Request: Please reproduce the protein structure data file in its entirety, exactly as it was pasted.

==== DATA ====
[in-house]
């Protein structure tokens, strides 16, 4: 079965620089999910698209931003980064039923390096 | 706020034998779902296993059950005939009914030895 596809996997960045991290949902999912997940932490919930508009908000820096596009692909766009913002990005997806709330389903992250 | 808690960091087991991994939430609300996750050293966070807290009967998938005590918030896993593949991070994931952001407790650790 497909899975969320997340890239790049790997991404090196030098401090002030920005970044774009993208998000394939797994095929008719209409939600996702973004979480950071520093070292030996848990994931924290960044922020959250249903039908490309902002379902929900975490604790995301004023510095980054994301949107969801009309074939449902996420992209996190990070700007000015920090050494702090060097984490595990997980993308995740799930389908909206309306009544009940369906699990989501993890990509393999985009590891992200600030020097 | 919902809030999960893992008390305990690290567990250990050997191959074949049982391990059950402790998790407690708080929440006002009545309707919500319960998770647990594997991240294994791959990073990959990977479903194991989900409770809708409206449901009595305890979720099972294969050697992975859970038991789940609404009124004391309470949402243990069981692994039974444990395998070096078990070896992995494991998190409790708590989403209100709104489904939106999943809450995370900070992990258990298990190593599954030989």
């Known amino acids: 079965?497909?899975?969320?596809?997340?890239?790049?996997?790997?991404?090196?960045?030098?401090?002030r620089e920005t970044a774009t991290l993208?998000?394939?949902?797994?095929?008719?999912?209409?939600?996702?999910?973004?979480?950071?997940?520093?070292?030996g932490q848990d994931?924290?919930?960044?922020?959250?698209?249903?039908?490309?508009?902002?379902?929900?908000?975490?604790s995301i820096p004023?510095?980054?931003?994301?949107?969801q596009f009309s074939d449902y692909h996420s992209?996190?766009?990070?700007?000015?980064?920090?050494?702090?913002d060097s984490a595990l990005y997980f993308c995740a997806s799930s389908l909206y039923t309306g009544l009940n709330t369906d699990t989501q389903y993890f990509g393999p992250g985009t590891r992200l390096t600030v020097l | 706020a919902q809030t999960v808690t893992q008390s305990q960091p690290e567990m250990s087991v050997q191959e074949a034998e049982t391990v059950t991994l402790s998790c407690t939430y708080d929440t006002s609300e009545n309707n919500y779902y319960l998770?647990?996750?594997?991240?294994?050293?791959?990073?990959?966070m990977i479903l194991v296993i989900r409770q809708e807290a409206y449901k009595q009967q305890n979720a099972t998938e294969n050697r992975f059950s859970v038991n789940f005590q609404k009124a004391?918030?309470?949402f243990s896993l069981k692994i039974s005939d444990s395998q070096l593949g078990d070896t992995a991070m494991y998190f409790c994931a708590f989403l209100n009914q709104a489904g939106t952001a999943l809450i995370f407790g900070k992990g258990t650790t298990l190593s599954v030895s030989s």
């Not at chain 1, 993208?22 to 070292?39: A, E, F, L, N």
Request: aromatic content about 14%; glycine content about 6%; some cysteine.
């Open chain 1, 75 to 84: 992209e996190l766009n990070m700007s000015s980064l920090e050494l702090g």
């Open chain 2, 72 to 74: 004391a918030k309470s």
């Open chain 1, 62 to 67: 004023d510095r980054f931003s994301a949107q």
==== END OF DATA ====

[in-house]
């Protein structure tokens, strides 16, 4: 079965620089999910698209931003980064039923390096 | 706020034998779902296993059950005939009914030895 596809996997960045991290949902999912997940932490919930508009908000820096596009692909766009913002990005997806709330389903992250 | 808690960091087991991994939430609300996750050293966070807290009967998938005590918030896993593949991070994931952001407790650790 497909899975969320997340890239790049790997991404090196030098401090002030920005970044774009993208998000394939797994095929008719209409939600996702973004979480950071520093070292030996848990994931924290960044922020959250249903039908490309902002379902929900975490604790995301004023510095980054994301949107969801009309074939449902996420992209996190990070700007000015920090050494702090060097984490595990997980993308995740799930389908909206309306009544009940369906699990989501993890990509393999985009590891992200600030020097 | 919902809030999960893992008390305990690290567990250990050997191959074949049982391990059950402790998790407690708080929440006002009545309707919500319960998770647990594997991240294994791959990073990959990977479903194991989900409770809708409206449901009595305890979720099972294969050697992975859970038991789940609404009124004391309470949402243990069981692994039974444990395998070096078990070896992995494991998190409790708590989403209100709104489904939106999943809450995370900070992990258990298990190593599954030989």
């Known amino acids: 079965?497909?899975?969320?596809?997340?890239?790049?996997?790997?991404?090196?960045?030098?401090?002030r620089e920005t970044a774009t991290l993208?998000?394939?949902?797994?095929?008719?999912?209409?939600?996702?999910?973004?979480?950071?997940?520093?070292?030996g932490q848990d994931?924290?919930?960044?922020?959250?698209?249903?039908?490309?508009?902002?379902?929900?908000?975490?604790s995301i820096p004023?510095?980054?931003?994301?949107?969801q596009f009309s074939d449902y692909h996420s992209?996190?766009?990070?700007?000015?980064?920090?050494?702090?913002d060097s984490a595990l990005y997980f993308c995740a997806s799930s389908l909206y039923t309306g009544l009940n709330t369906d699990t989501q389903y993890f990509g393999p992250g985009t590891r992200l390096t600030v020097l | 706020a919902q809030t999960v808690t893992q008390s305990q960091p690290e567990m250990s087991v050997q191959e074949a034998e049982t391990v059950t991994l402790s998790c407690t939430y708080d929440t006002s609300e009545n309707n919500y779902y319960l998770?647990?996750?594997?991240?294994?050293?791959?990073?990959?966070m990977i479903l194991v296993i989900r409770q809708e807290a409206y449901k009595q009967q305890n979720a099972t998938e294969n050697r992975f059950s859970v038991n789940f005590q609404k009124a004391?918030?309470?949402f243990s896993l069981k692994i039974s005939d444990s395998q070096l593949g078990d070896t992995a991070m494991y998190f409790c994931a708590f989403l209100n009914q709104a489904g939106t952001a999943l809450i995370f407790g900070k992990g258990t650790t298990l190593s599954v030895s030989s």
């Not at chain 1, 993208?22 to 070292?39: A, E, F, L, N």
Request: aromatic content about 14%; glycine content about 6%; some cysteine.
């Open chain 1, 75 to 84: 992209e996190l766009n990070m700007s000015s980064l920090e050494l702090g």
């Open chain 2, 72 to 74: 004391a918030k309470s």
């Open chain 1, 62 to 67: 004023d510095r980054f931003s994301a949107q």